You can't count on your overseas prospects to just catch wind of your latest successes. To stay in their thoughts, make sure your fund-raising efforts are part of a broader international effort coordinated with other parts of the institution.

  • Overseas student and faculty activity. Development officers are not the only people from your campus who travel overseas. Make sure your international constituents know what your institution is doing in their part of the world.

    About 6 percent of Smith College's 36,000 alumnae live outside the United States—and their numbers are increasing. But Smith's 73-year-old junior year abroad program maintains a Smith presence in many countries, says Cynthia Woolbright, director of alumnae and parents' funds.

    Add to these students and faculty the college's strong European alumni associations, and Smith's overseas alumni are well primed to receive annual fund solicitations.
  • Alumni volunteers. Volunteers can help you navigate the shoals of local customs, write letters, and run the alumni associations that are often your most prominent presence abroad.

    "Our success in Europe is mainly due to our volunteers," says Ann Hurd, director of individual and annual giving at the Wharton School of the University of Pennsylvania. Wharton started an executive advisory board in Europe more than 10 years ago and now has two more boards, in Asia and Latin America, and a network of 46 alumni clubs covering the globe. International giving now constitutes about 8 to 10 percent of Wharton's unrestricted annual fund.

    Alumni volunteers are "the business leaders who advise us," Hurd says. "They open the doors; they speak the language." The MBA alumni write letters and also make joint or solo visits to other prospects overseas.
How should I communicate the importance of philantropy?

First, distinguish between natives of other countries and U.S. expatriates. "They're two distinct groups that require different approaches," says Price at Drake.

For the alumni and parents from different cultures, "you may have to explain the need for private support more fully," says Mary Carrasco, a partner in SERAPIS Consulting in Washington, DC, and former campaign director for Aiglon College in Chesierès-Villars, Switzerland. "I've never met a family that didn't have experience with philantropy and charitable organizations," she says, but many had never thought of education in that context. Outside the United States, educational institutions are often for-profit businesses or receive substantial government support.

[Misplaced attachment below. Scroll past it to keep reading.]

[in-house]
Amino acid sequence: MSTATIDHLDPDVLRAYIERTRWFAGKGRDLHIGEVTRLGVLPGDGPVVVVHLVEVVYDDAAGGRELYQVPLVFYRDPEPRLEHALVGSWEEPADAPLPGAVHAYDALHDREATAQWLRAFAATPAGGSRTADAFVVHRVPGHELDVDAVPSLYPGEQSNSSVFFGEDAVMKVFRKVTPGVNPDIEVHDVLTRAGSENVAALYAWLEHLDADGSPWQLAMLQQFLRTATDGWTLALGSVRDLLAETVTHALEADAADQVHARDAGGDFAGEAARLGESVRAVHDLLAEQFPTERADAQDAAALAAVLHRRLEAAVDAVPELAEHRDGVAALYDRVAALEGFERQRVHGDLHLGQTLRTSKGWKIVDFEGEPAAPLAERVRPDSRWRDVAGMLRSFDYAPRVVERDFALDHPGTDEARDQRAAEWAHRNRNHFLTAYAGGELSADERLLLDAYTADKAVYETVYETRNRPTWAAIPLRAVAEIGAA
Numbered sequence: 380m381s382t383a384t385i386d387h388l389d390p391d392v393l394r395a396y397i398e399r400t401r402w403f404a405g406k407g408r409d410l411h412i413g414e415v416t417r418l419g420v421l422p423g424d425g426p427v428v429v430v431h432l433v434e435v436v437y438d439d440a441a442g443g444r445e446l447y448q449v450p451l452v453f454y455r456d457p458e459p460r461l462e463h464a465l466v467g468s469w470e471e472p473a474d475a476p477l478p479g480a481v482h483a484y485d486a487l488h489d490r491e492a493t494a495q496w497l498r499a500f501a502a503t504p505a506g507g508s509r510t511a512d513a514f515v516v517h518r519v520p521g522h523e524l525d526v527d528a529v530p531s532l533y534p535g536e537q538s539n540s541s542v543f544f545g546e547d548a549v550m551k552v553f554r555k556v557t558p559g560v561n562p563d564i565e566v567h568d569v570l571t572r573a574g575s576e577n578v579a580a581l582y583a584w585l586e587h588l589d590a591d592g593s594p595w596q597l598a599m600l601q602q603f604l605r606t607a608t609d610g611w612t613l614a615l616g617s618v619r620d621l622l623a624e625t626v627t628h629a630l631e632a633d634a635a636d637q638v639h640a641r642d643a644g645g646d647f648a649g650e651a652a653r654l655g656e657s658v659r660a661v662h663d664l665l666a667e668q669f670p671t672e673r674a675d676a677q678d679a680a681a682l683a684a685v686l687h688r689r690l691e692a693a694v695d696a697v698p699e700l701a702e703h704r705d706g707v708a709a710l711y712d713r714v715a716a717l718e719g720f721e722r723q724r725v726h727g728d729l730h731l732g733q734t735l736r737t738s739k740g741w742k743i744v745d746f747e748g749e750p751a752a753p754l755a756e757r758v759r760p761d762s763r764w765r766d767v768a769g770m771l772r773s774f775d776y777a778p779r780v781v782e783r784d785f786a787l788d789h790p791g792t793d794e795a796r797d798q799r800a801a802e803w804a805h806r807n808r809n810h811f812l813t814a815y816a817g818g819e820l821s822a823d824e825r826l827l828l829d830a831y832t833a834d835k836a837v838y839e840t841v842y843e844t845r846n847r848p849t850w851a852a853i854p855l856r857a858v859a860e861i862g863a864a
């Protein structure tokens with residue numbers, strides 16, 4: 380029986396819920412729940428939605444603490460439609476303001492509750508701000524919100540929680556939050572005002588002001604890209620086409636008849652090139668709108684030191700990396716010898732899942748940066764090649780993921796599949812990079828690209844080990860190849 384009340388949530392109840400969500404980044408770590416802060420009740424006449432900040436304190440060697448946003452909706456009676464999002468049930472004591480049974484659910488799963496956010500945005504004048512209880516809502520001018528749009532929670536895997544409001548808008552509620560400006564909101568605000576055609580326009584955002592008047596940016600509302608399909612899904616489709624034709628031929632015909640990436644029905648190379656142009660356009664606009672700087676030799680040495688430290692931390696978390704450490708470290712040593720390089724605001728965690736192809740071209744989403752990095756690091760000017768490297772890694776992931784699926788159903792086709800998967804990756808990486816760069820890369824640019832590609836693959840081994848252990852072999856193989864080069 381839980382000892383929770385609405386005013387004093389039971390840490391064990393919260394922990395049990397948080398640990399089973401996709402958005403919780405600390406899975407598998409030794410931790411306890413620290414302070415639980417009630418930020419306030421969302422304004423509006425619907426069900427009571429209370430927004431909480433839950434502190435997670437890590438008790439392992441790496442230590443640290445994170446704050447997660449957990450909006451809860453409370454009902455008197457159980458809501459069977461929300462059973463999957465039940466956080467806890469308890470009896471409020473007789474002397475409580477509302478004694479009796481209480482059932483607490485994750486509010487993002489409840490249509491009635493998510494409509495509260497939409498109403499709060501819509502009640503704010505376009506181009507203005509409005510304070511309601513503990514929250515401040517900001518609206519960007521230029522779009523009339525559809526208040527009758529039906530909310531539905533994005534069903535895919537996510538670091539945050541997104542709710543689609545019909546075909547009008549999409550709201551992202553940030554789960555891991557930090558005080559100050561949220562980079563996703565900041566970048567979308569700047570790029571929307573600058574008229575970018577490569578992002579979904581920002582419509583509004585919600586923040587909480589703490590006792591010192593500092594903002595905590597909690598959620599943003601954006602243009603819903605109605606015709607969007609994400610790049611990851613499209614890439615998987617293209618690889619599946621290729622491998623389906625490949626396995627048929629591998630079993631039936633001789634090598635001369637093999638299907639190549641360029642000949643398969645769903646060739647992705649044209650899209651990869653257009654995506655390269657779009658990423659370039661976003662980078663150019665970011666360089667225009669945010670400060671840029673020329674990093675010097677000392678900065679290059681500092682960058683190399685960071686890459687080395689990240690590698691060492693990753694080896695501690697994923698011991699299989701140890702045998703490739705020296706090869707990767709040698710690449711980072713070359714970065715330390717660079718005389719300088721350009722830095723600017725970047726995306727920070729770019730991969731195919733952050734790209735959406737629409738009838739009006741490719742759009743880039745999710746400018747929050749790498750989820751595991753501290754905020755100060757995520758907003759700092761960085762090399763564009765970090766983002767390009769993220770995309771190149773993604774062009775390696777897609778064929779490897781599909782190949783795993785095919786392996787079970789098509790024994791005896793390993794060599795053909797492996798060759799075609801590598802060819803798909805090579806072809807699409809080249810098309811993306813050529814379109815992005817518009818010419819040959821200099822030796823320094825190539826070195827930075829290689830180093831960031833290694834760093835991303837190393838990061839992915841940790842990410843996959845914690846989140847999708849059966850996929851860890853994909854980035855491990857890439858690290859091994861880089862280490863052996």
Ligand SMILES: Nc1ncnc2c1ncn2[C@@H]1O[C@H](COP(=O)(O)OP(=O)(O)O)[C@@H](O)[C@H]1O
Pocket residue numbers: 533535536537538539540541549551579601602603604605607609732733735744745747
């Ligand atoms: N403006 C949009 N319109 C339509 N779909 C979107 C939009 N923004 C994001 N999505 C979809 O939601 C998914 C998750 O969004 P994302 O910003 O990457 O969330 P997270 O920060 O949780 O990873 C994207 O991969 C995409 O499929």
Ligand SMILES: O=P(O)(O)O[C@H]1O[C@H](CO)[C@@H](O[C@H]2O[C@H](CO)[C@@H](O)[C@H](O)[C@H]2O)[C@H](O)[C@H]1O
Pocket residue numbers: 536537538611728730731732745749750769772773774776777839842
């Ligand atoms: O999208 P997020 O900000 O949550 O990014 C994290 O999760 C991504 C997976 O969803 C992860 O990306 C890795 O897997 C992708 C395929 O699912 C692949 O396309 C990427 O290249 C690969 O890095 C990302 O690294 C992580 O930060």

Because it's best not to take families' knowledge of your institution for granted, give them an overview of the campus finance and governance structure. Explain that the campus is a nonprofit organization governed by a volunteer board, that the school head or president is CEO of the organization, and that giving may offer certain tax advantages.

Carrasco says she finds that families welcome this information communicated to them in person or in writing, especially considering the significant amount of money they're paying in tuition.

If you're soliciting international parents, you should start the cultivation process when you recruit their children to your campus, Carrasco says. For instance, one independent school client of hers devotes a page of its admissions information to "voluntary support." It makes the case for support and volunteer service and presents half a dozen giving opportunities.

Regardless of cultural differences, your appeal must be right for your campus's unique relationship with its alumni and friends. Dana Hall School bases its appeals on the loyalty of its 2,000 alumnae living overseas. Director of Development Joy Moore explains that many families send their daughters to Dana Hall to give them an American experience and entrée to a U.S. college. Once students graduate, "we try to emphasize in our contacts and literature that they'll be giving back to a place where they had a good experience," she says. Although international alumnae are just starting to buy into this message, Moore says she has seen an increase in annual fund support.

The Wharton School creates separate annual fund letters for alumni in different geographic areas that highlight the regional benefits of giving. A letter might point out Wharton seminars or conferences held in the area or how part of the money raised goes toward scholarships for that region's students.

With American expatriates, it's easier to make your case—but don't just put your domestic appeal in an air mail envelope. "Our international alumni are less likely to have visited the campus recently," notes Tracie Christensen, director of annual giving at the University of California, Los Angeles. "We try to give them more updates on what's going on to help them recall their time here."

What language should I use?

That depends on your audience and your writer. "For an annual fund piece, I think it's best to use the language of the writer," Carrasco says. "If it's from your institution, you teach in English, and you're writing to alumni, the letter should be in English. But if it's from a parent or alumnus in Paris to other people in France, logically that person would write in French."